Abstract: We provide supplementary appendices to the paper Misere quotients for impartial games. These include detailed solutions to many of the octal games discussed in the paper, and descriptions of the algorithms used to compute most of our solutions.
Abstract: A bipartite monoid is a commutative monoid Q together with an identified subset P of Q. In this paper we study a class of bipartite monoids, known as misere quotients, that are naturally associated to impartial combinatorial games. We introduce a structure theory for misere quotients with |P| = 2, and give a complete classification of all such quotients up to isomorphism. One consequence is that if |P| = 2 and Q is finite, then |Q| = 2n+2 or 2n+4. We then develop computational techniques for enumerating misere quotients of small order, and apply them to count the number of non-isomorphic quotients of order at most 18. We also include a manual proof that there is exactly one quotient of order 8.
Abstract: We survey recent developments in the theory of impartial combinatorial games in misere play, focusing on how the Sprague-Grundy theory of normal-play impartial games generalizes to misere play via the indistinguishability quotient construction. This paper is based on a lecture given on 21 June 2005 at the Combinatorial Game Theory Workshop at the Banff International Research Station. It has been extended to include a survey of results on misere games, a list of open problems involving them, and a summary of MisereSolver [AS2005], the excellent Java-language program for misere indistinguishability quotient construction recently developed by Aaron Siegel. Many wild misere games that have long appeared intractible may now lie within the grasp of assiduous losers and their faithful computer assistants, particularly those researchers and computers equipped with MisereSolver.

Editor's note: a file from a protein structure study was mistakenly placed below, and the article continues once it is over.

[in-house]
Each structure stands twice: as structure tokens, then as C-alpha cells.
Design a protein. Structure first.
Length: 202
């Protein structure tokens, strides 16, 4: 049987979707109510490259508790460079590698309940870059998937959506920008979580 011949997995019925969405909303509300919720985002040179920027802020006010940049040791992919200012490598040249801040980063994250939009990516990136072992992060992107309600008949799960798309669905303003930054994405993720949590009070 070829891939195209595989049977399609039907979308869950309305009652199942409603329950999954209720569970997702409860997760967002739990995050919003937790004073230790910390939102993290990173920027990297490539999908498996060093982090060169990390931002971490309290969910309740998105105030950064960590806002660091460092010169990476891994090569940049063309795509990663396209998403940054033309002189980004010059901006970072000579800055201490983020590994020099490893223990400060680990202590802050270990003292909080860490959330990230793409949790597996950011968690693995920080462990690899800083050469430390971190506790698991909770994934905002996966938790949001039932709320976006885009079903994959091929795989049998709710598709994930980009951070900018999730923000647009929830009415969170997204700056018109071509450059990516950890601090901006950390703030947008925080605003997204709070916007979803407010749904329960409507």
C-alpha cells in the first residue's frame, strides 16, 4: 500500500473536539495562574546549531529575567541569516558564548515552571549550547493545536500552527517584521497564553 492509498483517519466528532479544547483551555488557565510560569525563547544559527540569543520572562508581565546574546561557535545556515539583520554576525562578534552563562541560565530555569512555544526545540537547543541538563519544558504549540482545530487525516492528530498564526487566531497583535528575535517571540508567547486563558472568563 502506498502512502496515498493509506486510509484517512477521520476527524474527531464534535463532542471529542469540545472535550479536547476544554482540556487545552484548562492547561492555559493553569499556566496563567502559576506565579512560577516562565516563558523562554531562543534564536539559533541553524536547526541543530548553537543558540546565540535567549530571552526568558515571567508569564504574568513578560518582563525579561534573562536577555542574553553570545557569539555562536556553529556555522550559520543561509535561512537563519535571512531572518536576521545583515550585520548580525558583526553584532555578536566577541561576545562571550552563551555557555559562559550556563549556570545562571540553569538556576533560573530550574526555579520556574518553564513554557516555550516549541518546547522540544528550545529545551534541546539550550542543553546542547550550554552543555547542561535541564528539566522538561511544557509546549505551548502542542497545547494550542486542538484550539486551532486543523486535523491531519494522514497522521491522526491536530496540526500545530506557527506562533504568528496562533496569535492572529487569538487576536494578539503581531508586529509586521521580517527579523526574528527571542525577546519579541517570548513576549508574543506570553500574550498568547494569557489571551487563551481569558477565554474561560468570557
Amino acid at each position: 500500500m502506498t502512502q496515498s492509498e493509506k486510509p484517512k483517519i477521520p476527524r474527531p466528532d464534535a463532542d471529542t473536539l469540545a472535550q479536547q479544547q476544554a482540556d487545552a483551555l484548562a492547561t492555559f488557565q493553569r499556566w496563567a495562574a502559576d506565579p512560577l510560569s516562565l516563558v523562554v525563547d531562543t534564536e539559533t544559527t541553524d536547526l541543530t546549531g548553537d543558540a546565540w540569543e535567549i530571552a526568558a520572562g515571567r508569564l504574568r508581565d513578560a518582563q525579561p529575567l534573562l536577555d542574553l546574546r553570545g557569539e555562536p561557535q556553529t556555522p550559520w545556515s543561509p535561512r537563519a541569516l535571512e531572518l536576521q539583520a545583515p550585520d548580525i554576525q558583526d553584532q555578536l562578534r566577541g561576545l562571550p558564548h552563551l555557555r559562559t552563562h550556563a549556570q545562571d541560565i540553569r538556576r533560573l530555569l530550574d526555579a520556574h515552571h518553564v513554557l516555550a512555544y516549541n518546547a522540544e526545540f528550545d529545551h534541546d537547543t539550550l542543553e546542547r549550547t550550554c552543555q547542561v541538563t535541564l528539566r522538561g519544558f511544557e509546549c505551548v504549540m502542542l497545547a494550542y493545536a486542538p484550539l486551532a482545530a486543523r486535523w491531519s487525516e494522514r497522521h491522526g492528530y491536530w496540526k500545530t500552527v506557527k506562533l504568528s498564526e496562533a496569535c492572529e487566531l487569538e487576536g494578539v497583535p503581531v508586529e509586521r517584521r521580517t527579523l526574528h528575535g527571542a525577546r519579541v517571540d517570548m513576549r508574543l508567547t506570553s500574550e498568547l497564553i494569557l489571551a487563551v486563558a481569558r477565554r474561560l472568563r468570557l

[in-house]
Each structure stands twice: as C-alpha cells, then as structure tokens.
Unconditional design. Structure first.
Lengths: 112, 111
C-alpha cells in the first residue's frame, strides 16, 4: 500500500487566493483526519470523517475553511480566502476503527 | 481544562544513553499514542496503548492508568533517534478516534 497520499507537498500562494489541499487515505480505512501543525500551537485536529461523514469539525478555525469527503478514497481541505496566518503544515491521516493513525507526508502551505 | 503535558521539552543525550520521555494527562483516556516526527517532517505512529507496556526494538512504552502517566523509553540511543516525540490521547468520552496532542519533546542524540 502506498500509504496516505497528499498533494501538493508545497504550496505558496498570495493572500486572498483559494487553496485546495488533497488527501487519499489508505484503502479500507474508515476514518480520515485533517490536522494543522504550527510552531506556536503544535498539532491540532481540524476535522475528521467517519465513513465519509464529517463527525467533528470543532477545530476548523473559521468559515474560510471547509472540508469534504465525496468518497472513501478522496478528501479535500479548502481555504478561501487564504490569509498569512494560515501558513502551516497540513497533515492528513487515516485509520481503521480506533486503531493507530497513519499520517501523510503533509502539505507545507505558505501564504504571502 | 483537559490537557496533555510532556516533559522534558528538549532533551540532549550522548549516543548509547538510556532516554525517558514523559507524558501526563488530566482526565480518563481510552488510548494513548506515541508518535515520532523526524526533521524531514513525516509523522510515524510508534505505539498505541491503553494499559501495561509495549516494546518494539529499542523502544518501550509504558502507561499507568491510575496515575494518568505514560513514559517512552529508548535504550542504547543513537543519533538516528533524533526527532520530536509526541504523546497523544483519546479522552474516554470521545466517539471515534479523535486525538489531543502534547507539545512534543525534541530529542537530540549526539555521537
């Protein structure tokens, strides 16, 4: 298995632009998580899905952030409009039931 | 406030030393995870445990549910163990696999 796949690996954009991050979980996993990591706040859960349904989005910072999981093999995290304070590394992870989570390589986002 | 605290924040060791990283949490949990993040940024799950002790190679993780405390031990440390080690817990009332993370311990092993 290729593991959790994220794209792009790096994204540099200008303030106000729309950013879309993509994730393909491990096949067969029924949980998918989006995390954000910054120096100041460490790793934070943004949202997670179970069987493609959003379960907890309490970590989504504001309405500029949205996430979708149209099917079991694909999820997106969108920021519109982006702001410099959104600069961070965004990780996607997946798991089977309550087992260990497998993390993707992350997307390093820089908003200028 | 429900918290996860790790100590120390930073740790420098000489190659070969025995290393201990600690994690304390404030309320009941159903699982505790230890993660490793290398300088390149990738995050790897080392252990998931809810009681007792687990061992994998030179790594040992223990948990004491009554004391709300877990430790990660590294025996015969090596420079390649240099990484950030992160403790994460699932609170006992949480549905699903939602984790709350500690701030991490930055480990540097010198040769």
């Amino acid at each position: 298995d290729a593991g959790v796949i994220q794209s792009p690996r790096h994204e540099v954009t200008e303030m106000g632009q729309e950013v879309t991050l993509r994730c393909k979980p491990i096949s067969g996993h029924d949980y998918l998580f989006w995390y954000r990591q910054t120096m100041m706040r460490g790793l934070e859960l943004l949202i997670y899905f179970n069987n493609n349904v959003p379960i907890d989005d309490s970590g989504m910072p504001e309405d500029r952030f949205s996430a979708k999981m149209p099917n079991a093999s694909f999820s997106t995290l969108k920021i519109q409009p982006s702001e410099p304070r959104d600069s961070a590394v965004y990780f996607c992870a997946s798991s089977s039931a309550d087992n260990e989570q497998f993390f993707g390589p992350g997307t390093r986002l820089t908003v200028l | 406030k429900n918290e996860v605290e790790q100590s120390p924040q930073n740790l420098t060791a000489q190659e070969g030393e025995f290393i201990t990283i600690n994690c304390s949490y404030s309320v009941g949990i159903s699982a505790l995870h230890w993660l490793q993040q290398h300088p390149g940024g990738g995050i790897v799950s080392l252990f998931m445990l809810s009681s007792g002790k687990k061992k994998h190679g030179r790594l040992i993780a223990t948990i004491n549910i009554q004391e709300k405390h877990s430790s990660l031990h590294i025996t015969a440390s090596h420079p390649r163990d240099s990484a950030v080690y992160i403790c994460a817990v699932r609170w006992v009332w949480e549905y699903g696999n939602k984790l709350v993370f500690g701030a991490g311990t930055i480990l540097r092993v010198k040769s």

Abstract: We introduce a misere quotient semigroup construction in impartial combinatorial game theory, and argue that it is the long-sought natural generalization of the normal-play Sprague-Grundy theory to misere play. Along the way, we illustrate how to use the theory to describe complete analyses of two wild taking and breaking games.The previous papers all treat impartial misere games.
Abstract: We show that partizan games admit canonical forms in misere play. The proof is a synthesis of the canonical form theorems for normal-play partizan games and misere-play impartial games. It is fully constructive, and algorithms readily emerge for comparing misere games and calculating their canonical forms. We use these techniques to show that there are precisely 256 games born by day 2, and to obtain a bound on the number of games born by day 3.
MisereSolver written in Java. Its author is Aaron N. Siegel, who has integrated MisereSolver with version 0.7 of ...
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Books (combinatorial games)
Books (commutative monoids)